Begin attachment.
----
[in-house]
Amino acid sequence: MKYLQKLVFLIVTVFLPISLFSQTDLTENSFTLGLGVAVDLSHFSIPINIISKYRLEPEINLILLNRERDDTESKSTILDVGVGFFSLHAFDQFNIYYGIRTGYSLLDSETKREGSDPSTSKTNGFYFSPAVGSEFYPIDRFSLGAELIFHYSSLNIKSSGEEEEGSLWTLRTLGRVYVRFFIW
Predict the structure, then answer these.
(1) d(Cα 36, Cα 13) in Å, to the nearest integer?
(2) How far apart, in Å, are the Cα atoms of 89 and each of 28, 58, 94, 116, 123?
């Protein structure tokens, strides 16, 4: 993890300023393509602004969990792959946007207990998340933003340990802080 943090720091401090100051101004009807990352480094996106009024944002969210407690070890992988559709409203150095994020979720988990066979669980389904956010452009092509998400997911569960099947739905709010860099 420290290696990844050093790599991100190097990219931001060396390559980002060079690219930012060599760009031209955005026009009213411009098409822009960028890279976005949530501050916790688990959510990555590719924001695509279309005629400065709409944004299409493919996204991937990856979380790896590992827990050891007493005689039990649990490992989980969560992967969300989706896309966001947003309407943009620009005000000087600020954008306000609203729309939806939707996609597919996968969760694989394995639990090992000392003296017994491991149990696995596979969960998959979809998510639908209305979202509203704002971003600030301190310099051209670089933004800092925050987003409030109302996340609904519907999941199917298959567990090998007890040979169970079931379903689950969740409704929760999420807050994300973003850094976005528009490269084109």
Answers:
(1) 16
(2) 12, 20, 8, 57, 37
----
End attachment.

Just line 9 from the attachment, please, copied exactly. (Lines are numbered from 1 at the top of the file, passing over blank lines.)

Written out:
(2) 12, 20, 8, 57, 37